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The New York Times has this neat article on a plan to combine all the software in schools into one database. The program is entitled Schools Interoperability Framework and involves more than 80 software companies (Mr. Gates and all).\"The new standards, which were developed by the software companies and educators, will allow schools to link together the separate programs that run various functions, including the library\'s checkout system, the school\'s front office, and the cafeteria and transportation systems.\" -- Read More
\"We call it the cybrary, instead of
the library,\" said Susan Newcomer, library media
teacher at Glendale\'s Clark Magnet High School where
students can roam the World Wide Web, view
CD-ROMs and search an online catalog for books -- Read More
SF Gate had this article about a fire that damaged parts of a school, and the residents of the community that built it back up.
\"Three years ago, a fire ripped through the school, severely damaging a wing of classrooms and its library, destroying every book on every shelf. But thanks to much- needed donations from Peninsula schools and residents -- including one who took the school\'s principal Lorna Manning on a $2,200 book shopping spree -- the shelves in the soon-to-be re-opened library are beginning to fill up.\" -- Read More
\"Some books on space travel in the city
school libraries pre-date the 1969 historic Apollo 11
mission by a decade, More than half of the schools lack
certified librarians, and those who run the so-called
learning centers have been hesitant to get rid of
Last time I think this
same story came from Philly. -- Read More
The Chicago Sun Times has an Almost funny Story on some unfair seating troubles at The Wheeling High School Library. The librarians are really cracking down, and some of the students are none to happy.
\"It\'s ridiculous,\" said Chris Schiel, 17, of Wheeling, who\'s on Wheeling\'s track and cross-country teams. \"I\'ve been kicked out for discussing that day\'s classwork.\" Student athletes who are allowed to study in the library instead of attending gym class are required to sit facing south, in the direction of the circulation desk. -- Read More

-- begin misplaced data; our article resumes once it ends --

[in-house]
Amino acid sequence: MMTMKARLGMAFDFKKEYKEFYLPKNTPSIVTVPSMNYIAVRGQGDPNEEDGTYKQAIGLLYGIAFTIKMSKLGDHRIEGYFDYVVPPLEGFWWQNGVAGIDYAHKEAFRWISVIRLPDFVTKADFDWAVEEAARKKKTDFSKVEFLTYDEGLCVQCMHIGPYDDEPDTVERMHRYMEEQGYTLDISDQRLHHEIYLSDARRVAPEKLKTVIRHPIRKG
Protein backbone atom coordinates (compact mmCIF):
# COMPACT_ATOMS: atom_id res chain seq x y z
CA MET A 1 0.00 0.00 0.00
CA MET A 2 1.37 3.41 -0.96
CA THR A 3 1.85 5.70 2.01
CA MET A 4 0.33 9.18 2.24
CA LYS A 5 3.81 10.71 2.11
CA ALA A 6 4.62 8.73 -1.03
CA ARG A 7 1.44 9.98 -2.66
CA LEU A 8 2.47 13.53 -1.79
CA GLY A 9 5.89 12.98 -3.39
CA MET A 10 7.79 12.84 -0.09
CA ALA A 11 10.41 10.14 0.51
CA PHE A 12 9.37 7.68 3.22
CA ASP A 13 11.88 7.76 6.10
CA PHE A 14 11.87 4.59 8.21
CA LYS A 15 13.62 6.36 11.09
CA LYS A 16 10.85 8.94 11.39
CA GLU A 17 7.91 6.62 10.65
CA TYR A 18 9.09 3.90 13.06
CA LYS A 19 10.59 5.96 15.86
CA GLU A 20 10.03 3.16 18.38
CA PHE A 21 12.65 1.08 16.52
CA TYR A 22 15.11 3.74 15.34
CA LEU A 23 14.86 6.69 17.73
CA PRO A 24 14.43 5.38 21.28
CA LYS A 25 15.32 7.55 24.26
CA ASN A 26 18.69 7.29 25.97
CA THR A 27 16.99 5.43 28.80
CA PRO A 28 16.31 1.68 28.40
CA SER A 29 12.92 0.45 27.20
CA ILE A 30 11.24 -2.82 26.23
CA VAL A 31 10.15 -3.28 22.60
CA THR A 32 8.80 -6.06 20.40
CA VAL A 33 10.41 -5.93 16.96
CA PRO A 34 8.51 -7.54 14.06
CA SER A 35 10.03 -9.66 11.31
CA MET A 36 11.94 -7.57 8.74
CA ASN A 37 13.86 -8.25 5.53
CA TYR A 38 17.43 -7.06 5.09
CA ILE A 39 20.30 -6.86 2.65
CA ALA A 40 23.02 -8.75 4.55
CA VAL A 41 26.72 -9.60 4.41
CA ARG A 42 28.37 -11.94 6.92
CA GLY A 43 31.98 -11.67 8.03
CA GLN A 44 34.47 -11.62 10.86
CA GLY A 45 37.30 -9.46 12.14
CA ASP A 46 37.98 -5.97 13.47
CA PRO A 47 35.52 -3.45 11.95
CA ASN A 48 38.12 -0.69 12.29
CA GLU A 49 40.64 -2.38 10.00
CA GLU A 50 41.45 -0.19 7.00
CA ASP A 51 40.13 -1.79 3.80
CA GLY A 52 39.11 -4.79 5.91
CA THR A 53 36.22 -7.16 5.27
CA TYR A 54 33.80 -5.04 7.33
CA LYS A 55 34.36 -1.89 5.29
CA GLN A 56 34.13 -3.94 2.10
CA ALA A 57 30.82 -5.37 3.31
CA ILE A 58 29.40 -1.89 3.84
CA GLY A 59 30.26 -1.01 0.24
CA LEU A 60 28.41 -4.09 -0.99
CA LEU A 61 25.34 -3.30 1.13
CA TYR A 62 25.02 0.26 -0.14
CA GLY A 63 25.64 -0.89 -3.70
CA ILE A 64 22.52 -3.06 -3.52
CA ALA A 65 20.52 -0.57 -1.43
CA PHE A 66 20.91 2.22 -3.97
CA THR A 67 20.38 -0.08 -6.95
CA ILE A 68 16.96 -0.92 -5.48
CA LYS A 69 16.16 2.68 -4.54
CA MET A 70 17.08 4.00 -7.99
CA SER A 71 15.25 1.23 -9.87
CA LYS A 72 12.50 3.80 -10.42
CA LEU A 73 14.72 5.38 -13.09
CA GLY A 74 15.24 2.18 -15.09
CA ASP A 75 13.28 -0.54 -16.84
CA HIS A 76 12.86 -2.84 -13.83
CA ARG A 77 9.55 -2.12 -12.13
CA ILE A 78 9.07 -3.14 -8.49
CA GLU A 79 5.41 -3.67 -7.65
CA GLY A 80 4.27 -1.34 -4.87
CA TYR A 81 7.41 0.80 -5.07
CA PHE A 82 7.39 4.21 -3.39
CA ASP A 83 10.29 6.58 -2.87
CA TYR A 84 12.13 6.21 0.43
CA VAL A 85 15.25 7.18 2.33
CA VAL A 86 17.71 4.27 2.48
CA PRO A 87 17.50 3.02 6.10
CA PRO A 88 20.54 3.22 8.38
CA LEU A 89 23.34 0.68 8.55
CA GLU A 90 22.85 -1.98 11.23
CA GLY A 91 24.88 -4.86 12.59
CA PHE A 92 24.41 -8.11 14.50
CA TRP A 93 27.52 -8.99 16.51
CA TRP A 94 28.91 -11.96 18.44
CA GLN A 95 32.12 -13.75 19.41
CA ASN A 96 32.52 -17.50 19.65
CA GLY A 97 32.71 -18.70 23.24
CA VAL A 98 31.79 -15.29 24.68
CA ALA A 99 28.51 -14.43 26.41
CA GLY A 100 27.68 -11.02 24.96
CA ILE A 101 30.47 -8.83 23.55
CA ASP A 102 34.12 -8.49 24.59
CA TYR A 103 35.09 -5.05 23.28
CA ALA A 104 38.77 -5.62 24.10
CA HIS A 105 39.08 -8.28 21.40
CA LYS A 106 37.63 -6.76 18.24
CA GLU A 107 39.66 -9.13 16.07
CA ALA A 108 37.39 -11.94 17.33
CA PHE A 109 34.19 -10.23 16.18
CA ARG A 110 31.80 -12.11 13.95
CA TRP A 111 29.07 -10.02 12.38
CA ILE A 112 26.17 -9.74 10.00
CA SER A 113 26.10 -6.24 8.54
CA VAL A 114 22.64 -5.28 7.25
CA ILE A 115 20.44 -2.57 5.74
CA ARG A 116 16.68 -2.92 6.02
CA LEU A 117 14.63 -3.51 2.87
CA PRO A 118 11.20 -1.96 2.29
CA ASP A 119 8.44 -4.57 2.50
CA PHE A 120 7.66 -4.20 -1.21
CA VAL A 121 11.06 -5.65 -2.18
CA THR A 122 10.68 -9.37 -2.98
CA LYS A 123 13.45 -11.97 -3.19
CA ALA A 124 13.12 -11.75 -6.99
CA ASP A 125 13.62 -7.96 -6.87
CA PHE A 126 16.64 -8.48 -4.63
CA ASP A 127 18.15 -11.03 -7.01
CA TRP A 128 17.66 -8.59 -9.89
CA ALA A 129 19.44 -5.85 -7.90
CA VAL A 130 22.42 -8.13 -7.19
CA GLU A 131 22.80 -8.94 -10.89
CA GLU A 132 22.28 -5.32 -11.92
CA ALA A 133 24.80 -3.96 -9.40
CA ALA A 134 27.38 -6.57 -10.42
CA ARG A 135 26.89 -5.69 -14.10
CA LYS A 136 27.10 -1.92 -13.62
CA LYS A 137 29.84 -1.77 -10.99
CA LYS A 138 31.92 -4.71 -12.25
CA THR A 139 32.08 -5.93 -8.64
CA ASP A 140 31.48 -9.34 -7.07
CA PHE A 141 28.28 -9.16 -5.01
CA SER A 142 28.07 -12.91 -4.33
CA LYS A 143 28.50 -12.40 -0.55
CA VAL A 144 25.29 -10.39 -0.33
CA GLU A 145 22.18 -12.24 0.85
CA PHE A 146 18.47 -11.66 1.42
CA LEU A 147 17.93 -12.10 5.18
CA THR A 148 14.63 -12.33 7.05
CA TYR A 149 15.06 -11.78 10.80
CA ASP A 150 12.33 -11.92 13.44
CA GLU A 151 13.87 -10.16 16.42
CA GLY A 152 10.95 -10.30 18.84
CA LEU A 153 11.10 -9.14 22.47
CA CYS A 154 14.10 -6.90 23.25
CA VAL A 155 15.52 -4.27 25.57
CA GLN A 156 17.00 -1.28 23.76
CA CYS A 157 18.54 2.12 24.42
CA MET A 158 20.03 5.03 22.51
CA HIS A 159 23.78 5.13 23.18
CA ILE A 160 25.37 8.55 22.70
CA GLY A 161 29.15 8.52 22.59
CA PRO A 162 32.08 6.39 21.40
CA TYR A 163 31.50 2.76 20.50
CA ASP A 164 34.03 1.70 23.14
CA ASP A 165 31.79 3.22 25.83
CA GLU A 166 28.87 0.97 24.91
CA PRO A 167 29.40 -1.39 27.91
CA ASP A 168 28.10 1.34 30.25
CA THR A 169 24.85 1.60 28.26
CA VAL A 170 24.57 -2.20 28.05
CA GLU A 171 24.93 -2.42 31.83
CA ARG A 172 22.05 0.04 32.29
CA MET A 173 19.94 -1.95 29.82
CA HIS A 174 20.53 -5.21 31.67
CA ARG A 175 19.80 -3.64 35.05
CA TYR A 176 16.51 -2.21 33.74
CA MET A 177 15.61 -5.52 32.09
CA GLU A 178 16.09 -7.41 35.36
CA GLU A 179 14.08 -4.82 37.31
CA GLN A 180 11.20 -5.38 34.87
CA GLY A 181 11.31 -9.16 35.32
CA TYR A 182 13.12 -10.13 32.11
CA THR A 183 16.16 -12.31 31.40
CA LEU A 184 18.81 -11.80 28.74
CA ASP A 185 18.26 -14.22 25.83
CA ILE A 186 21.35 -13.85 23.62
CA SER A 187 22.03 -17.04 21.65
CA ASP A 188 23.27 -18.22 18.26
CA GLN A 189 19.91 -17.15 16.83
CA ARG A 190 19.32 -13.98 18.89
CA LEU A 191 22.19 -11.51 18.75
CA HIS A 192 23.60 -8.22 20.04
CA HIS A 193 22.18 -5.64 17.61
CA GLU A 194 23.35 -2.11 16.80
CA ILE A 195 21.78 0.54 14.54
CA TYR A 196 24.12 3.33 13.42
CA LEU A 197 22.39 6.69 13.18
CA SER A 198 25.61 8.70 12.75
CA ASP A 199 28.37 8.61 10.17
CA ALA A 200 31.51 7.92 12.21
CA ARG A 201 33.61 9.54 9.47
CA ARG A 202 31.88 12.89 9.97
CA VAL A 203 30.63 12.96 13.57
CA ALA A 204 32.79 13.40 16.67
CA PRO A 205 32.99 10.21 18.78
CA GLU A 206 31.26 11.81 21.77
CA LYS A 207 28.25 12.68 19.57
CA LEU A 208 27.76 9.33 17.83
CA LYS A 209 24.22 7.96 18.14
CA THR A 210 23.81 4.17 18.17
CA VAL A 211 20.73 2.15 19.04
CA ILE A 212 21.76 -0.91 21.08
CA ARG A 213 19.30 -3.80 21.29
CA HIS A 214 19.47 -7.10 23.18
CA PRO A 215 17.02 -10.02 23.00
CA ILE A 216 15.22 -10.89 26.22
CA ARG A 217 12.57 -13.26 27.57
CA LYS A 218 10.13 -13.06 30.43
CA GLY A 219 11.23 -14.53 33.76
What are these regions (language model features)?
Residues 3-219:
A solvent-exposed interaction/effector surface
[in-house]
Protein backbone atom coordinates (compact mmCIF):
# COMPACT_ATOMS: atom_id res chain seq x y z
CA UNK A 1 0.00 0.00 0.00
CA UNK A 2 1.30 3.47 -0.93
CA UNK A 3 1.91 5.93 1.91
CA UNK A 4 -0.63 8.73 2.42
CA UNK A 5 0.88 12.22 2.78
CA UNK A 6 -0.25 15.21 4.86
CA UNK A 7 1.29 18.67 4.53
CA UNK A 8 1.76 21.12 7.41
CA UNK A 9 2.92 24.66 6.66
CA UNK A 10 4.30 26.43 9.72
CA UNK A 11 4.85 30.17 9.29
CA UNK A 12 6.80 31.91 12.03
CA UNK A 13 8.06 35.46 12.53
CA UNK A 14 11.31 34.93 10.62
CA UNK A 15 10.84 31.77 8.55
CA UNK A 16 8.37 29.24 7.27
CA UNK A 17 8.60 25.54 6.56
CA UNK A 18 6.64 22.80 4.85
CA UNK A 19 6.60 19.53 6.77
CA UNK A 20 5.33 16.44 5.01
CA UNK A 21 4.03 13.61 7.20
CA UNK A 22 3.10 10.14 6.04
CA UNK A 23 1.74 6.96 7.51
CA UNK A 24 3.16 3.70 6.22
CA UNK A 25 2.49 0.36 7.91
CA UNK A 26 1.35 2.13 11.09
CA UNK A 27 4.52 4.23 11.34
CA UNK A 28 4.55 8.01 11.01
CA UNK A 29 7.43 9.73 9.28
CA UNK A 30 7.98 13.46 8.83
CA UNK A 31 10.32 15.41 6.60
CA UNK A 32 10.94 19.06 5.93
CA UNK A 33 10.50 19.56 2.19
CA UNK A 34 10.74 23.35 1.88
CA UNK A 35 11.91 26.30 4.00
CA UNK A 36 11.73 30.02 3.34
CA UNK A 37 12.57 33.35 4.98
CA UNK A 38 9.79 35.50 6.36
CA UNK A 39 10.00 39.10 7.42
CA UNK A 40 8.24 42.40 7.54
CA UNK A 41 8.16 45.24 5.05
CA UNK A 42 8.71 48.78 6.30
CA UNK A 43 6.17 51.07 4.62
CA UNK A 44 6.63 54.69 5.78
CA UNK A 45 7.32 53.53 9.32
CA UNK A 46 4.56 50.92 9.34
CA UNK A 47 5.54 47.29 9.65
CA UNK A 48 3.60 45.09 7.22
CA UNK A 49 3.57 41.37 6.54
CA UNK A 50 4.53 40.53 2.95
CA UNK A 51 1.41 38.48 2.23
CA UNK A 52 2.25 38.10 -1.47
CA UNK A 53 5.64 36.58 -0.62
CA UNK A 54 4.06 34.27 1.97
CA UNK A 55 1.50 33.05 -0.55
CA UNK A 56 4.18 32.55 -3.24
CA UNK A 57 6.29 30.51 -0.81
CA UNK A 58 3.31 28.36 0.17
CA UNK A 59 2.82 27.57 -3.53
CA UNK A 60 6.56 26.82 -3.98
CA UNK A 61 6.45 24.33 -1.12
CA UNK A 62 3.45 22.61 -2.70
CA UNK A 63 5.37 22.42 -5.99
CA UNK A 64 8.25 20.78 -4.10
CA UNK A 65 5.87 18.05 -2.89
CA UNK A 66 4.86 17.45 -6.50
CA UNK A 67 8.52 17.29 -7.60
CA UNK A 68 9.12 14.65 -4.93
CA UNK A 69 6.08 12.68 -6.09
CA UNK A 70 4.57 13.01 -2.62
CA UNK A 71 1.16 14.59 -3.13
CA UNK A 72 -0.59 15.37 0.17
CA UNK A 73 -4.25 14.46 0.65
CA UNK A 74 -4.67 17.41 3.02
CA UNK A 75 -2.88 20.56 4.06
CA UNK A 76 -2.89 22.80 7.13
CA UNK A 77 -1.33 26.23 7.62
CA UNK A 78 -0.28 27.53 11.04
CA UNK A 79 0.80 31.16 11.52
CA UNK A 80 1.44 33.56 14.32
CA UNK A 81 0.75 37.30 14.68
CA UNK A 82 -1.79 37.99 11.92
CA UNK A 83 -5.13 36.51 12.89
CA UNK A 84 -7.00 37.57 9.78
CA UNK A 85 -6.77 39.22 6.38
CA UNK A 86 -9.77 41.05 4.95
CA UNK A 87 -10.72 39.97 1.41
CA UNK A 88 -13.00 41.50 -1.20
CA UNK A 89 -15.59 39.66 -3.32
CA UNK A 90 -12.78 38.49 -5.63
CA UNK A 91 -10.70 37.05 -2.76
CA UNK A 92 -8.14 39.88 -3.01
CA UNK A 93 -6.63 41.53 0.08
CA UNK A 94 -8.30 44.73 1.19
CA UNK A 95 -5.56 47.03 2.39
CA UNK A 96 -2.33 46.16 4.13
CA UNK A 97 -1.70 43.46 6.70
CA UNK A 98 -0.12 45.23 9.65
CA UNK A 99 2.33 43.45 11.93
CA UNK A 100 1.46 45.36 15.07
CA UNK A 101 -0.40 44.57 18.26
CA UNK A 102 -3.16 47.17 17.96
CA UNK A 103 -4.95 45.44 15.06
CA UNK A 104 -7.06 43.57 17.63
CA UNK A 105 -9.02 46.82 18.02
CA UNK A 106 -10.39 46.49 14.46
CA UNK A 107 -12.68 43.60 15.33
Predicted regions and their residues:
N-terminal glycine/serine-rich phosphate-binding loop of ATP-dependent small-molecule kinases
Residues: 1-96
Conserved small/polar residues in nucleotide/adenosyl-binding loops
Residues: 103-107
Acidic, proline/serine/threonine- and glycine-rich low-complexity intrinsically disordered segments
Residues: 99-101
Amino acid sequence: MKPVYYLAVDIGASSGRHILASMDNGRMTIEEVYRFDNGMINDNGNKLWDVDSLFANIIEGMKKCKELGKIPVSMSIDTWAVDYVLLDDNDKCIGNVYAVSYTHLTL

A Story from Starnews.com
pines about the good old days, when teenagers read
for fun, and swiped what they wanted from the library.
An interesting take on how the internet is influencing
\"That\'s because teen-agers no
longer are reading for fun. In libraries, computer labs
and at home, most youths today are more apt to spend
an hour chatting with friends on the Internet than spend
an hour reading a good book.\" -- Read More
Fosters Online has this article about how a school librarian gets kids to read books. Another issue that is brought up is her title change.
\"When Diana Greenleaf started her job at the New Durham School 15 years ago, she was known as a librarian and was responsible for scheduling classes to use the library.
Today she’s known as a \"media generalist\" and is involved in everything from helping teachers design curriculum, teaching research skills, having story time and challenging students to read books.\" -- Read More
The Washington Times has this story on outdated school libraries.
\"Browse a typical school library and you\'ll learn that humans haven\'t yet set foot on the moon and \"stewardesses\" must quit working when they get married.
Although the latest research indicates that a well-stocked and well-staffed school library actually boosts students\' scores on standardized tests, many school libraries contain books that are outdated by decades and often filled with offensive stereotypes.\" -- Read More
Pioneer Planet has this article about an elementary school principal in Connecticut who has taken the book \"Captain Underpants and the Perilous Plot of Professor Poopypants\" off the school library shelves.
\"Not even the children\'s book superhero ``Captain Underpants\'\' could win a battle against the Naugatuck, Conn., school district.
Officials of the Maple Hill elementary school have yanked Dav Pilkey\'s latest book, ``Captain Underpants and the Perilous Plot of Professor Poopypants,\'\' out of its library, saying that its humor is tasteless and that the book has caused students to be disruptive. While anti-censorship groups say they have not heard of other bans of Pilkey\'s books, they say they regularly receive complaints about children\'s books for taste and other reasons.\" -- Read More
This release from the U.S. Newswire talks about new studies that reveal that school libraries have beneficial effects on students\' performances in school. If this is so, then why don\'t they get the funding from the government that they deserve?
\"Want to raise students\'
test scores? Three new studies -- from Pennsylvania, Alaska,
and Colorado -- confirm that the secret to boosting students\'
academic performance is right down the hall in the school library.
But will school libraries get their just rewards as the Senate
begins debating the Elementary and Secondary Education Act (ESEA)
School libraries last received dedicated federal dollars in the
1960s. Today, the average U.S. school library gets $6 per pupil
per year from federal block grants.
\"That pays for less than half a book,\" notes Emily Sheketoff,
executive director of the American Library Association\'s Washington
office. \"If a dot com could show the results school libraries
do, its stock price would soar.\" -- Read More